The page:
Burundi: ICC opens ‘crimes against humanity’ investigation, government refuses to cooperate

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The International Criminal Court (ICC) has authorised a full investigation into allegations of crimes against humanity in Burundi.

Burundi became the first nation to leave the international court last month but ICC officials warned the country’s government that withdrawal wouldn’t prevent it from investigating and prosecuting individuals. The Burundi government says it will not cooperate with the ICC’s investigations.

Burundi rejects investigation

Following the ICC’s announcement that events in Burundi will be investigated, the African nation’s government was quick to reject the notion.

“Burundi rejects this decision from the very outset,” said Justice Minister Aimee Laurentine Kanyana on Friday – a day after the ICC announced the investigation.

She says the government wasn’t notified of the ICC’s decision before Burundi withdrew from the Rome Statute on October 27, which means the country isn’t bound by the Hague-based court’s decision.

The minister says Burundi will not cooperate with any investigations.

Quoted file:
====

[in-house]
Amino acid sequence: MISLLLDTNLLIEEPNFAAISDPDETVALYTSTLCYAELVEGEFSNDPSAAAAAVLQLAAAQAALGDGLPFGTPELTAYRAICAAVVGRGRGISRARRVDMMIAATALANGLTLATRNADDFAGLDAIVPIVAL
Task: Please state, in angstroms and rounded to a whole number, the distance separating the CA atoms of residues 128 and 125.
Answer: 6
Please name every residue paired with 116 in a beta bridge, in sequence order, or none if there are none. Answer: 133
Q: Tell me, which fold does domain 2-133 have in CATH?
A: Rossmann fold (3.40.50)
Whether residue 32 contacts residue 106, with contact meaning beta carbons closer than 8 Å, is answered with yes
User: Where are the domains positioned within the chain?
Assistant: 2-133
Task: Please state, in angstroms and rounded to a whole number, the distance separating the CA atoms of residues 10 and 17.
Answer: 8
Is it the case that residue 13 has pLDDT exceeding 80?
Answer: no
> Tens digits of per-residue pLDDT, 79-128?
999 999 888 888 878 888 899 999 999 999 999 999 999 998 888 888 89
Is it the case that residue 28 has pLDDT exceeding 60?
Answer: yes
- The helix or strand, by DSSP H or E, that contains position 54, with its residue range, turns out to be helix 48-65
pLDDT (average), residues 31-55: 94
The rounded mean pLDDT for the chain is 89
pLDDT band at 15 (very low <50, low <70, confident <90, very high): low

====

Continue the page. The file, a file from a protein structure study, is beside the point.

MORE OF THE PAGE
“In any case, Burundi will never begin cooperation with the ICC for implementing a decision that was taken in violation of the Rome Statute and the principles of international law,” she said.

ICC targets Burundi

The ICC’s stance on Burundi’s withdrawal from the Rome Statute has been simple: it will not allow the country to escape investigations into the alleged human rights violations to have taken place since April 2015.

Rights groups and international lawyers seeking justice in Burundi have praised the court’s decision.

“The government of Burundi thought it had escaped international justice by withdrawing from the ICC,” Armel Niyongere, a member of an international group of lawyers for victims of crimes committed in Burundi, said of the decision.

“The government of Burundi thought it had escaped international justice by withdrawing from the ICC,” he said.

“This is a great victory for the Burundian people.”

 

Featured image: By Vincent van Zeijst – Own work, CC BY-SA 3.0, https://commons.wikimedia.org/w/index.php?curid=15414322

About Aaron Brooks

Aaron Brooks is a UK journalist who wants to cut out the international agendas in news. Spending his early years in both England and Northern Ireland he saw the difference between reality and media coverage at an early age. After graduating from the University of Chester with a BA in journalism, his travels revealed just how large the gap between news and the real world can be. As Editor-in-Chief at East Africa Monitor, it’s his job to provide a balanced view of what’s going on in the region for English-speaking audiences.